I had been in Spain for three days, and had not ventured out of the house except to go to class, and when my host family showed me around the city. I’ve had a horrible sense of direction all my life, and by this time I’d been lost so many times it didn’t really scare me anymore – in America. But there was something about the narrow, twisty streets, the lack of street signs, and the lack of people who spoke my language, that made getting lost in Spain different. I was less inclined to wander out on my own.
But on this third evening, I had to meet the other American students in the center of the city for a cultural excursion. My host mom drew the route on the map, and walked me there, pointing out landmarks as we went. It was about a half hour walk from their apartment. When we found my group, she left me with this advice, “If you get lost, just keep walking downhill. You’ll find us eventually.” Right, so no worries.
Of course, I did get lost walking home. It took me a while to even realize I was completely off track. At first all the cobbled streets tight with tiny shops and scattered with beautiful churches and cathedrals all looked the same to me. By the time I realized I was lost, I could hardly even find my way back to the beginning, and just as if I was in the movies, the sky turned dark and it began to pour. It took me almost two hours to get home, by which time I was soaking wet. But after that, I had a much better understanding of the layout of the city, and I knew they were right – I would find my way home eventually. I wasn’t afraid of getting lost in Spain anymore.
Getting lost has always been part of my life, and always will be. Getting lost can even be fun sometimes. I met one of my best friends when we got lost together at fifth grade camp. I got lost many more times in Spain, and sometimes it was horrible. Once I got lost with a good friend when we were visiting a city far away, and she was dehydrated and vomiting and we needed to get back to the hotel – it was not a good time to be lost. Once I led another friend an hours walk out of the way because she trusted me to know where I was going, and I didn’t.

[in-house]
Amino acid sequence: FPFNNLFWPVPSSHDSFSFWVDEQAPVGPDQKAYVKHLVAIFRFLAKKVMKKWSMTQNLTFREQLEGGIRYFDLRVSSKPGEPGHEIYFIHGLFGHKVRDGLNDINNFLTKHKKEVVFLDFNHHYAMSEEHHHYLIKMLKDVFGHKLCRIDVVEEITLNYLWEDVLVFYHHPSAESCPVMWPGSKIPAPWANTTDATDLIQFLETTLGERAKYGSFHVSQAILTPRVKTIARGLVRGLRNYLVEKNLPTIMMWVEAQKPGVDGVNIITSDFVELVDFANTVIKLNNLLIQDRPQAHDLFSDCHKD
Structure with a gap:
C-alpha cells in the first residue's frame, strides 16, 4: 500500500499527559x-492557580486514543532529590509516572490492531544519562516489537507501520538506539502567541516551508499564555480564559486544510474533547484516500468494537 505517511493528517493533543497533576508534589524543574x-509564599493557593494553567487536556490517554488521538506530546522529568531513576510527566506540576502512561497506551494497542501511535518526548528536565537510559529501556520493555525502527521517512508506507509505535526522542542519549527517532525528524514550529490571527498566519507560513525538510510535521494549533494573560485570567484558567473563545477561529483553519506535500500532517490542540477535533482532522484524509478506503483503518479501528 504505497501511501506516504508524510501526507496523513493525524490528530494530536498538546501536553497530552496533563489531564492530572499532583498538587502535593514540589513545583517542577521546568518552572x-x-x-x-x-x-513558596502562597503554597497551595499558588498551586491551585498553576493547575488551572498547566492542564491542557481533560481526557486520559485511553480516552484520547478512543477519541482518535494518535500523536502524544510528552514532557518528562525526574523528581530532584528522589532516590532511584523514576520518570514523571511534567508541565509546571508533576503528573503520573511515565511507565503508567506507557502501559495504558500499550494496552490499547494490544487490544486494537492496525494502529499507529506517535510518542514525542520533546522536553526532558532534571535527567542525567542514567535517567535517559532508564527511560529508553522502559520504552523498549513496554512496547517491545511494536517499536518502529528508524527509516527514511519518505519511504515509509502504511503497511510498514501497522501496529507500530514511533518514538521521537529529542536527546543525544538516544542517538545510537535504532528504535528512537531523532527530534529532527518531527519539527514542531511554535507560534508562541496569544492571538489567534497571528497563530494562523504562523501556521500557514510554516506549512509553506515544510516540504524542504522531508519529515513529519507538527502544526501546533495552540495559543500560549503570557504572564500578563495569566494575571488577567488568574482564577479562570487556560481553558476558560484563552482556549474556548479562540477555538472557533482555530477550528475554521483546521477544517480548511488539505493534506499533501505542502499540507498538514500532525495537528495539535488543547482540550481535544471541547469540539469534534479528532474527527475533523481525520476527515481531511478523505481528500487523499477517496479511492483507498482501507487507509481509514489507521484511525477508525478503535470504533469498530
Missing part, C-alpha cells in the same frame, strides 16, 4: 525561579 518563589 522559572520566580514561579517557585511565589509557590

They say that everything comes from the home. They tell us that our past experiences help shape who we are as individuals in the present. Like much of us, I had a less than grand childhood complete with a useless, neglectful biological father and the hateful, power-hungry stepfather. My childhood, by all means, was not lifetime movie material, so why bore you with specifics? However, I think having those past experiences with these two as “father figures” has definitely made its lasting mark on my personality. I, of course, anchored myself to my mother’s side and learned to stifle all emotion and thus my “resting b*tch face” was born. Don’t get me wrong, I am one of the nicest, most hyperactive people you’ll meet, but I taught myself to conceal any form of weakness and to trust that nobody would stick around —that humans would always fail you. I swallowed my vulnerability and prayed to God that it would never find its way out of the back door.
I could control my emotions like a light switch. I took pride in being hard, cold, and emotionless when I had to be. I remember my stepdad towering above me, throwing his man tantrum while he yelled in my face. For once, I was unfazed. I smiled internally as I stared him straight in the eye with my best blank face. I’d hoped that my eyes were the emptiest he’d ever seen. Noticing my expression, he yelled in my face..
“YOU THINK YOU’RE HARD?!”
To which I replied…
“Do you want me to be scared of you?”
Even at that young age, vulnerability was my worst enemy. Its shows up, unexpectedly, with good intentions, but only brings feelings of shame, guilt, and weakness. It results in a loss of power and control, which in turn is triggers me to rule my own body with the iron fist of abuse.
I cried after you were satisfied. You didn’t know this, but warm tears ran slowly down my face. Like many of my mistakes they were filled with salt and regrets. Like tequila shots with salt around the rim, I took the sting to be numb to what was surrounding me. This moment was fleeting like a short breeze, but within it I realized how little I loved myself. Less that I had thought I previously ever could. I cried and the tears tasted of fear and pain. I was terrified that I would always be an object for someone else’s pleasure. You laid next to me satisfied and with steroids being pumped through your blood. I laid next to you and wept because although I promised I wouldn’t, but I had too.